In February 2020, the Diocese of Harrisburg in Pennsylvania filed for Chapter 11 Bankruptcy protection. According to the Diocese of Harrisburg, the move was motivated by the potential legal exposure of multiple sexual abuse claims in Pennsylvania and New Jersey.
The Diocese of Harrisburg published a list of 113 parishes and chaplaincy assignments held by priests it says were credibly accused of sexual misconduct. The Diocese also identified several seminarians, deacons, and unassigned priests accused of sexual abuse of a minor.
Surprisingly, 17 of the priests identified in the Diocese of Harrisburg’s self-published list of 66 credibly accused clergy ministered in the Diocese after the year 2000. Several held multiple assignments in the Harrisburg Diocese after 2000.
This certainly belies the oft-repeated mantra of America’s bishops that “sexual abuse is a problem of the past.” On the contrary, one-quarter of the accused clergy identified by the Diocese in 2018 continued in ministry well into the 2000s, and some were only removed from ministry within the past five years.
Those clergy whose ministry continued into the 2000s are:
- Fr. John Allen
- Fr. William Cawley
- Fr. Donald Cramer
- Fr. Phillip DeChico
- Fr. Paul Fisher
- Fr. Bernard Flanagan
- Fr. William Geiger
- Fr. Thomas Ronald Haney
- Fr. William Haviland
- Msgr. Francis Hudak
- Msgr. Thomas Kujovsky
- Fr. Daniel Mahoney
- Fr. Joseph Pease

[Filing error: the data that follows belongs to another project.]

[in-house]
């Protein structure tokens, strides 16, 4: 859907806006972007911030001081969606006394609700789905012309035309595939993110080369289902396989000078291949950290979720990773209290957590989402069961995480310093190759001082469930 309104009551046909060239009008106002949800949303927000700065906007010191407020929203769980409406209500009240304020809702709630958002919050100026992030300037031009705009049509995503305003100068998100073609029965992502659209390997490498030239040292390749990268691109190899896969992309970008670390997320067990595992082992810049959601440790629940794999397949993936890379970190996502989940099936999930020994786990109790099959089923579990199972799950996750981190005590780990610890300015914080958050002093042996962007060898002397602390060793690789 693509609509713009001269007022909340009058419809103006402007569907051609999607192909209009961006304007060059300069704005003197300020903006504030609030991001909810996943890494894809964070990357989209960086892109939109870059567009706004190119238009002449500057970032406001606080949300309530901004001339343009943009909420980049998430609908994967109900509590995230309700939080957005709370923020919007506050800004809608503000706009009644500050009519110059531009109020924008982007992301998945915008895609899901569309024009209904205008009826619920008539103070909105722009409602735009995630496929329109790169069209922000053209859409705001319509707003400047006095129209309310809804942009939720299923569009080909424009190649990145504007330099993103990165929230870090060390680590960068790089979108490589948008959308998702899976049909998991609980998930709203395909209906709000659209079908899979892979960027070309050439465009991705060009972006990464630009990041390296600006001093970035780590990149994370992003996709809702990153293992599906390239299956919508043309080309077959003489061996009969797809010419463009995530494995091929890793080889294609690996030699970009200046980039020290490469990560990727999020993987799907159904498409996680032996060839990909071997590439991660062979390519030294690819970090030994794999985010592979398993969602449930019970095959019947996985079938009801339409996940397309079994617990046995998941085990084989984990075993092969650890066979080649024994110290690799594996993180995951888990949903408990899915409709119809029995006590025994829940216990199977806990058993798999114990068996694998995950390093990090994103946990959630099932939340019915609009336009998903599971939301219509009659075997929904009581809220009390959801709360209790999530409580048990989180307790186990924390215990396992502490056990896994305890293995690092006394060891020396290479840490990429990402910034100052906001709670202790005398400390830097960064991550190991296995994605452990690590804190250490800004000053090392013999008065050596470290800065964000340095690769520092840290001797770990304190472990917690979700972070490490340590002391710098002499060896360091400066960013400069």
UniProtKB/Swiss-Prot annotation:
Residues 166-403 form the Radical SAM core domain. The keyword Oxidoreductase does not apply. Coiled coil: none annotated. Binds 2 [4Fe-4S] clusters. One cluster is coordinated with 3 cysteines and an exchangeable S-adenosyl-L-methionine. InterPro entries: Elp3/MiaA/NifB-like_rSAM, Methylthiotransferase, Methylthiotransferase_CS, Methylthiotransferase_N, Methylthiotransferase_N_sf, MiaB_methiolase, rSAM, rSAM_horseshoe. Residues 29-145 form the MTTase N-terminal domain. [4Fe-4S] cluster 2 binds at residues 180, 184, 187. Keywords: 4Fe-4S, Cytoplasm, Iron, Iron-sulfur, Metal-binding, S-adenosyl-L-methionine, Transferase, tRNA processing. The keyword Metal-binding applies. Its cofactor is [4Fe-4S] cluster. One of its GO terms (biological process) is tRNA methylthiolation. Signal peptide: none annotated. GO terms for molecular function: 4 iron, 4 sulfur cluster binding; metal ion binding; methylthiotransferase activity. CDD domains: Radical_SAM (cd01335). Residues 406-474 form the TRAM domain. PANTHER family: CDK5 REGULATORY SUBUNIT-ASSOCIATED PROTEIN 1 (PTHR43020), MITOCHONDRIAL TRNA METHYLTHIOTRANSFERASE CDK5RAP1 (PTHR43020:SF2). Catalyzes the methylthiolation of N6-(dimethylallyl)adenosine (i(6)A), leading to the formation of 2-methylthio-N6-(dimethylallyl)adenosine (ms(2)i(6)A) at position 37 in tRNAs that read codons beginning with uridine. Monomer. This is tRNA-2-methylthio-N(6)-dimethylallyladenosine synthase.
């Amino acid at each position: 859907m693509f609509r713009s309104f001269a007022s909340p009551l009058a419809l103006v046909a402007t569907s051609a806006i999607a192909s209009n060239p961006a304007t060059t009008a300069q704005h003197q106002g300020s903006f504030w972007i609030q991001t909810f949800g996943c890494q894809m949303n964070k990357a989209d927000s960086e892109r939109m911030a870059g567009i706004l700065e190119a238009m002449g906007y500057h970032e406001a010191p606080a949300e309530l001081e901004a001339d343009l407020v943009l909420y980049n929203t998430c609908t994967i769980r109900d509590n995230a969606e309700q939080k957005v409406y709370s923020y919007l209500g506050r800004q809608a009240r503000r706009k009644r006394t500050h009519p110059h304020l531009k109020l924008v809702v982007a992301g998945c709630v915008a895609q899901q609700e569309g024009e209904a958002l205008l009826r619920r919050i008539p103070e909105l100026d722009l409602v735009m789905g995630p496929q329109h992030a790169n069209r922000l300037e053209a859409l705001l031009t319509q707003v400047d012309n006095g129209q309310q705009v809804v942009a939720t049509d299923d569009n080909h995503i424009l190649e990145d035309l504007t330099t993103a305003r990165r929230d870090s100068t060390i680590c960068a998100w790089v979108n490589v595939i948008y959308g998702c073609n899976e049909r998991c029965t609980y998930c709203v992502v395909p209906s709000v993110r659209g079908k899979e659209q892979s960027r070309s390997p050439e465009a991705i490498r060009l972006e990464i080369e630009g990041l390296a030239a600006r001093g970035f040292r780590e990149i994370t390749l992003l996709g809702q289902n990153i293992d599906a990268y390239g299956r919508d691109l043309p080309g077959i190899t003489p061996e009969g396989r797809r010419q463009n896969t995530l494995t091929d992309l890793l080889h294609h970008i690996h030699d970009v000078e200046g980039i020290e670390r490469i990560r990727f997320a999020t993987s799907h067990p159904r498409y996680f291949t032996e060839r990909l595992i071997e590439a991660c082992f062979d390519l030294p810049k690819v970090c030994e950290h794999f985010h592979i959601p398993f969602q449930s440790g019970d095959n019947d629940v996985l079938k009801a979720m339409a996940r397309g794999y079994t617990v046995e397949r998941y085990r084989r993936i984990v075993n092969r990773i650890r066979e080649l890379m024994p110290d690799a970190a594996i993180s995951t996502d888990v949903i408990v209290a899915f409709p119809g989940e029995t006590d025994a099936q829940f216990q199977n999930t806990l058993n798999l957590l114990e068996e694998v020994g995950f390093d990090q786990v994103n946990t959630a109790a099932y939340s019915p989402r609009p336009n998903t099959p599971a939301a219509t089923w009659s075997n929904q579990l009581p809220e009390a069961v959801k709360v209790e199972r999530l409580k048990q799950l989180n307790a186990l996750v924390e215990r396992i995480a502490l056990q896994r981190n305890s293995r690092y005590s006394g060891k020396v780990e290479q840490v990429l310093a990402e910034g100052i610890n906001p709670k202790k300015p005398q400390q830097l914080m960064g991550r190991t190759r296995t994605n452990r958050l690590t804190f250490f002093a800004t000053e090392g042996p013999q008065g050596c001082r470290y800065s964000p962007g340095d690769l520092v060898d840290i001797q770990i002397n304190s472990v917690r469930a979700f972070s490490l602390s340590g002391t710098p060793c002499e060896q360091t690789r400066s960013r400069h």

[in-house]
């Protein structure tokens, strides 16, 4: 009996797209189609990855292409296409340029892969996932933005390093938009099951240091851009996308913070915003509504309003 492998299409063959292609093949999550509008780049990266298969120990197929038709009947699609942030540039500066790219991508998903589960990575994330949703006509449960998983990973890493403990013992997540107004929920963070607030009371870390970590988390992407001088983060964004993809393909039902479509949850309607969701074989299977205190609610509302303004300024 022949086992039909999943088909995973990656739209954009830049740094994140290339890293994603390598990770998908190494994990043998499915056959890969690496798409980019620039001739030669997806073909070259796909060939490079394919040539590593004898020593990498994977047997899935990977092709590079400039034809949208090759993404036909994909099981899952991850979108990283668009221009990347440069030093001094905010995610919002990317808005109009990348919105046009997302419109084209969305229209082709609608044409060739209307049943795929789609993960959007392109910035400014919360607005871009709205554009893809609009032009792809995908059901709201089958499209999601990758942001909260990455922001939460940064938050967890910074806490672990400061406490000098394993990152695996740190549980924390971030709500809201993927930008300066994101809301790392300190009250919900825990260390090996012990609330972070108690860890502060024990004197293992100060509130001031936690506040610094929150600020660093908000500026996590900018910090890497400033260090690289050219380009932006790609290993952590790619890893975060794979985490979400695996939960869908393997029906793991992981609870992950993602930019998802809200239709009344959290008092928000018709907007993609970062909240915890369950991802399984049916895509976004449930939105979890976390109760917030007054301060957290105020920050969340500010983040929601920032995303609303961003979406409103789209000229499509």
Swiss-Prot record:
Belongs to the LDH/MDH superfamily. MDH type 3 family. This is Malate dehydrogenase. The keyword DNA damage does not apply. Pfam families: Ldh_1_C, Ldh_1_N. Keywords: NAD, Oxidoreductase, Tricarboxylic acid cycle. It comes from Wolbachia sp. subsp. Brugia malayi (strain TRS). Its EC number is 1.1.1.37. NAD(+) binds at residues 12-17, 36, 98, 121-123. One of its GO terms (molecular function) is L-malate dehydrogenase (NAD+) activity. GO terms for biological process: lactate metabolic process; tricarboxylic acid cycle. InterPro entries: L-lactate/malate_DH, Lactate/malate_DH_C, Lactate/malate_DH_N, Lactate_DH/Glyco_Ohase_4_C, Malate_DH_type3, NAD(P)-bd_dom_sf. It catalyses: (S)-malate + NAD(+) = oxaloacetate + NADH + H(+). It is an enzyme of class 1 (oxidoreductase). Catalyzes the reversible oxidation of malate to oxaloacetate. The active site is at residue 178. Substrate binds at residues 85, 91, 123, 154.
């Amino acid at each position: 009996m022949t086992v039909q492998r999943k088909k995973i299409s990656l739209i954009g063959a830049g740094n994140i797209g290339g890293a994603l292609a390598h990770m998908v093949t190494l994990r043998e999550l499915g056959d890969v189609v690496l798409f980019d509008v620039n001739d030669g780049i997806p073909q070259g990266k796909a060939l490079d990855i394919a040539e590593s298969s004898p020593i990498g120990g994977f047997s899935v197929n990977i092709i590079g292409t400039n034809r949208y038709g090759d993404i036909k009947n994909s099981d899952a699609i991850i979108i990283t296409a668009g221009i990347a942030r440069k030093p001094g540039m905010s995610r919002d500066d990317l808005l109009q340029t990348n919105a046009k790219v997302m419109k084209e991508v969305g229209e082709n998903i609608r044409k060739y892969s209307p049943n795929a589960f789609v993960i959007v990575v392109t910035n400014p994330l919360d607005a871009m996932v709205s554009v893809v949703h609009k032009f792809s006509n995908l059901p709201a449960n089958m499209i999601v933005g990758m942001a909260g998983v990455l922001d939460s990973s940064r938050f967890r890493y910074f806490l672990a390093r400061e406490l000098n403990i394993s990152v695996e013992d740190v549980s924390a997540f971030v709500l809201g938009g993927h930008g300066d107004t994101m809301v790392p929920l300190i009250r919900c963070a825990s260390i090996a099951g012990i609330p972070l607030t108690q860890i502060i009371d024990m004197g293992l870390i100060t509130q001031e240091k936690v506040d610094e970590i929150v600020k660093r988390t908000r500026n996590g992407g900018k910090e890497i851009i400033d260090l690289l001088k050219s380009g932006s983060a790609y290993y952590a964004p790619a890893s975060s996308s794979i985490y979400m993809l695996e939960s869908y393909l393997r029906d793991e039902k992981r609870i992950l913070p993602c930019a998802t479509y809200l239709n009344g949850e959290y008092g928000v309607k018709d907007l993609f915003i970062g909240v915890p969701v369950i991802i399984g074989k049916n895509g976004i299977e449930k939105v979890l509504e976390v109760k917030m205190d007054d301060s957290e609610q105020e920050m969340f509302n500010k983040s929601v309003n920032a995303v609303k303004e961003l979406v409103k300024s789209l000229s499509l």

- Deacon James Rush
- Fr. Thomas Scala
- Fr. Patrick Shannon
- Fr. Carl Steffen
The 17 priests were assigned to minister in 25 parishes, which means that nearly 30% of the Harrisburg Diocese’s 89 parishes were tended to by an accused priests at some point since 2000.
Since the publication of the Grand Jury Report into the misdeeds of seven of Pennsylvania’s Catholic dioceses, Attorney General Josh Shapiro said he has received more than 2000 additional reports of sexual abuse. It is very likely, then, that the number of parishes that were home to an accused priest is far higher because those reports were not taken into account by the Diocese of Harrisburg.
The August 2018 list demonstrated that nearly every single parish in the Diocese of Harrisburg had a credibly accused priest assigned to minister at some point since 1960. The list of parishes that have been home to an accused clergyman has not been updated since its original publication.
Through our own investigative efforts, Horowitz Law has identified nearly 90 clergymen and seminarians publicly accused of abuse in the Diocese of Harrisburg.
The Diocese of Harrisburg oversees the operation of 89 parishes, 8 Catholic Missions, and dozens of schools and hospitals. Nearly 250,000 people are registered members of a Diocese of Harrisburg parish.
Horowitz Law is a law firm representing victims of sexual abuse in the Diocese of Harrisburg and throughout Pennsylvania. The Diocese of Harrisburg filed for federal bankruptcy protection in February 2020. Anyone sexually abused by a priest or employee of the Diocese of Harrisburg may be entitled to file a claim against the Diocese in these bankruptcy proceedings, but very strict filing deadlines apply. Most victims of abuse in the Diocese of Harrisburg will never be able to take against against the Diocese of Harrisburg if they miss this bankruptcy filing deadline, so it is important that you contact us immediately to discuss your potential case.